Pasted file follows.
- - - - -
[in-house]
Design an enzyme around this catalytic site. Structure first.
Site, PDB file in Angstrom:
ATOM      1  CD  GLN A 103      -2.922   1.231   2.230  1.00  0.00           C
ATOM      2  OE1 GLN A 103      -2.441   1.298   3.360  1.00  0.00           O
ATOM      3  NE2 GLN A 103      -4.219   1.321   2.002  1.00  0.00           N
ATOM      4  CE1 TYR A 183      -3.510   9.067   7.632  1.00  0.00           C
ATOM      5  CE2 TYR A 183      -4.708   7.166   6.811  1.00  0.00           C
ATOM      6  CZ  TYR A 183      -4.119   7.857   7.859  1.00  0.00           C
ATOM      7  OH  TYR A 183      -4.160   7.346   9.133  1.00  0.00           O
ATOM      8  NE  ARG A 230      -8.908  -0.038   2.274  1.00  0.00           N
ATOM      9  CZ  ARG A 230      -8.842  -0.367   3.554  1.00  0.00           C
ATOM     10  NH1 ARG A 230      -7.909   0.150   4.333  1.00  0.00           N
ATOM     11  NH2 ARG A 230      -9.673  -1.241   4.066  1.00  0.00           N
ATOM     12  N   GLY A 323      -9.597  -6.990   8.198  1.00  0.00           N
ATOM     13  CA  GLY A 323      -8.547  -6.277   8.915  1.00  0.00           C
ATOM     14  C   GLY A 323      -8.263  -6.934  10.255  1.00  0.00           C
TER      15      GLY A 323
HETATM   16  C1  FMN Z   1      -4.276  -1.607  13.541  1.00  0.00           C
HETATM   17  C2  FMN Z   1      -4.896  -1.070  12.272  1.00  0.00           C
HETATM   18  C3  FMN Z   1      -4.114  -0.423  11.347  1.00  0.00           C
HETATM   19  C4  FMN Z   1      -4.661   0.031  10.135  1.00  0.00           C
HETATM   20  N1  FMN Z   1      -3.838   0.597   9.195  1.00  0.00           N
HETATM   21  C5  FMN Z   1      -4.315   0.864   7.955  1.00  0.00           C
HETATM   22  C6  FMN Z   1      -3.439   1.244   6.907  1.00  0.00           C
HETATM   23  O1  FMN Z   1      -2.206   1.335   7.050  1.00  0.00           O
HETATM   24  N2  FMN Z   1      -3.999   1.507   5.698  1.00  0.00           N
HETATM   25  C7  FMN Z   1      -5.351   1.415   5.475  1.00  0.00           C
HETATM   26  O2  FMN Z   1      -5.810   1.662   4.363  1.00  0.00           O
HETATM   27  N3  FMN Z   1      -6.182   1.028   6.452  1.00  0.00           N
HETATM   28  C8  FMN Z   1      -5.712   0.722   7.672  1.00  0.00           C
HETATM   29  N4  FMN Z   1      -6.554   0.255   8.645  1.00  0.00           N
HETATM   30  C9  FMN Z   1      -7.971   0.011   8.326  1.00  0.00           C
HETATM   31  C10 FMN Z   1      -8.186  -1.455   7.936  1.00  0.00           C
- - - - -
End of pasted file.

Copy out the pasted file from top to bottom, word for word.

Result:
[in-house]
Design an enzyme around this catalytic site. Structure first.
Site, PDB file in Angstrom:
ATOM      1  CD  GLN A 103      -2.922   1.231   2.230  1.00  0.00           C
ATOM      2  OE1 GLN A 103      -2.441   1.298   3.360  1.00  0.00           O
ATOM      3  NE2 GLN A 103      -4.219   1.321   2.002  1.00  0.00           N
ATOM      4  CE1 TYR A 183      -3.510   9.067   7.632  1.00  0.00           C
ATOM      5  CE2 TYR A 183      -4.708   7.166   6.811  1.00  0.00           C
ATOM      6  CZ  TYR A 183      -4.119   7.857   7.859  1.00  0.00           C
ATOM      7  OH  TYR A 183      -4.160   7.346   9.133  1.00  0.00           O
ATOM      8  NE  ARG A 230      -8.908  -0.038   2.274  1.00  0.00           N
ATOM      9  CZ  ARG A 230      -8.842  -0.367   3.554  1.00  0.00           C
ATOM     10  NH1 ARG A 230      -7.909   0.150   4.333  1.00  0.00           N
ATOM     11  NH2 ARG A 230      -9.673  -1.241   4.066  1.00  0.00           N
ATOM     12  N   GLY A 323      -9.597  -6.990   8.198  1.00  0.00           N
ATOM     13  CA  GLY A 323      -8.547  -6.277   8.915  1.00  0.00           C
ATOM     14  C   GLY A 323      -8.263  -6.934  10.255  1.00  0.00           C
TER      15      GLY A 323
HETATM   16  C1  FMN Z   1      -4.276  -1.607  13.541  1.00  0.00           C
HETATM   17  C2  FMN Z   1      -4.896  -1.070  12.272  1.00  0.00           C
HETATM   18  C3  FMN Z   1      -4.114  -0.423  11.347  1.00  0.00           C
HETATM   19  C4  FMN Z   1      -4.661   0.031  10.135  1.00  0.00           C
HETATM   20  N1  FMN Z   1      -3.838   0.597   9.195  1.00  0.00           N
HETATM   21  C5  FMN Z   1      -4.315   0.864   7.955  1.00  0.00           C
HETATM   22  C6  FMN Z   1      -3.439   1.244   6.907  1.00  0.00           C
HETATM   23  O1  FMN Z   1      -2.206   1.335   7.050  1.00  0.00           O
HETATM   24  N2  FMN Z   1      -3.999   1.507   5.698  1.00  0.00           N
HETATM   25  C7  FMN Z   1      -5.351   1.415   5.475  1.00  0.00           C
HETATM   26  O2  FMN Z   1      -5.810   1.662   4.363  1.00  0.00           O
HETATM   27  N3  FMN Z   1      -6.182   1.028   6.452  1.00  0.00           N
HETATM   28  C8  FMN Z   1      -5.712   0.722   7.672  1.00  0.00           C
HETATM   29  N4  FMN Z   1      -6.554   0.255   8.645  1.00  0.00           N
HETATM   30  C9  FMN Z   1      -7.971   0.011   8.326  1.00  0.00           C
HETATM   31  C10 FMN Z   1      -8.186  -1.455   7.936  1.00  0.00           C